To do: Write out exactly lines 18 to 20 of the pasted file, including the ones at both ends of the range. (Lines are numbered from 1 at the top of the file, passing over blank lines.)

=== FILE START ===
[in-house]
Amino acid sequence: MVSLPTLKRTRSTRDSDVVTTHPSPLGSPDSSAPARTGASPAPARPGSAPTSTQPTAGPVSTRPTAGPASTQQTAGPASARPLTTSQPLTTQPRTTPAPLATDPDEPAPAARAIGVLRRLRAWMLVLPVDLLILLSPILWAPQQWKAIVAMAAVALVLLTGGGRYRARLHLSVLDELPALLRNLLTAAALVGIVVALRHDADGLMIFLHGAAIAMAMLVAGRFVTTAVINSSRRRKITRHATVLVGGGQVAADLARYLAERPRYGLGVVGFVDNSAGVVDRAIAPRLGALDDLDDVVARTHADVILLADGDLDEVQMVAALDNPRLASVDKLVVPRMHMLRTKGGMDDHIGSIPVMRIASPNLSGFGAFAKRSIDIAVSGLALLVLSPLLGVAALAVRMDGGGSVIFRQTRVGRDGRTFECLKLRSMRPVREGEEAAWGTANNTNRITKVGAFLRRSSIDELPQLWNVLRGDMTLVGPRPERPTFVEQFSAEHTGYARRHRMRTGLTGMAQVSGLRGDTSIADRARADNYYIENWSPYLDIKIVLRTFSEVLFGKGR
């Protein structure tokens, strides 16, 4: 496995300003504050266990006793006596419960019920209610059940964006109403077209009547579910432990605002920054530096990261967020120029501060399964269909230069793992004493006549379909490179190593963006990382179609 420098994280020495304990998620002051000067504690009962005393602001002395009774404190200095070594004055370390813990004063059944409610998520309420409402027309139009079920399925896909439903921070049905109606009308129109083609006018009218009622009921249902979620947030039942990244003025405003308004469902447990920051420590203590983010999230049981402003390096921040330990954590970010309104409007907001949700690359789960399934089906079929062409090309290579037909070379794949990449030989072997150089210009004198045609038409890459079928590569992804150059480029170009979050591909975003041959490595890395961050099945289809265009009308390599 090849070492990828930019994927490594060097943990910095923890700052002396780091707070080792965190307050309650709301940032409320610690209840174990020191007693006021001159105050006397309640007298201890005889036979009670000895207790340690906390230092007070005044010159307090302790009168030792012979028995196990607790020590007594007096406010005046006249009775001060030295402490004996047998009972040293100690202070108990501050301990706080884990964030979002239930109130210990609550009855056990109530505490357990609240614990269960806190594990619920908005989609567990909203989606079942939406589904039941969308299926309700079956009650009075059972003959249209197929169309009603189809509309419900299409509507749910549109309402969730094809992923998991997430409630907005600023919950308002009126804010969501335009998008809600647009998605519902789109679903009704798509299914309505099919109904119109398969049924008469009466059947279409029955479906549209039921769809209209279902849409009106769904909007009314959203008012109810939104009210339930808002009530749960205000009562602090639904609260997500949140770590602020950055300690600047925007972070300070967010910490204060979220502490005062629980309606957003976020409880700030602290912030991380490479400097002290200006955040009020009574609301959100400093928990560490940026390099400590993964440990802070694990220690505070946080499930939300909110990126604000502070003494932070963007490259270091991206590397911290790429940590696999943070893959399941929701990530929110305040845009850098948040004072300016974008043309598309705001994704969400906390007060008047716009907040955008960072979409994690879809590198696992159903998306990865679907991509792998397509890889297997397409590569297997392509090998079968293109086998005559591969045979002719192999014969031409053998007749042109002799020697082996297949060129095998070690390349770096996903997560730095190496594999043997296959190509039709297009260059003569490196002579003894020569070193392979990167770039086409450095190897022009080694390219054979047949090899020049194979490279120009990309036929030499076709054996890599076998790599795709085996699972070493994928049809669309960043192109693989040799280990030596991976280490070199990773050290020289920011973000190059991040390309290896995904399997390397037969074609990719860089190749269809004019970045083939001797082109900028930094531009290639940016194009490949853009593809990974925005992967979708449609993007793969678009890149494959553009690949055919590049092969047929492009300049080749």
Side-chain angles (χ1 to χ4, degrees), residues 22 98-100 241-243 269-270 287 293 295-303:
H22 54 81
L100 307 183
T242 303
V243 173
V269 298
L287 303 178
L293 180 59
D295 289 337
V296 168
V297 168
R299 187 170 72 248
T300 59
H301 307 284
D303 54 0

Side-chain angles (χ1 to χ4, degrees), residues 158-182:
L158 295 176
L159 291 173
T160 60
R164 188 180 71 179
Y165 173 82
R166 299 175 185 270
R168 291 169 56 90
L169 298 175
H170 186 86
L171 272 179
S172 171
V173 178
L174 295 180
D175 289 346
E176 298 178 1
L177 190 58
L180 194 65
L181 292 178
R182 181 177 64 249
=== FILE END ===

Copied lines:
D303 54 0

Side-chain angles (χ1 to χ4, degrees), residues 158-182:
L158 295 176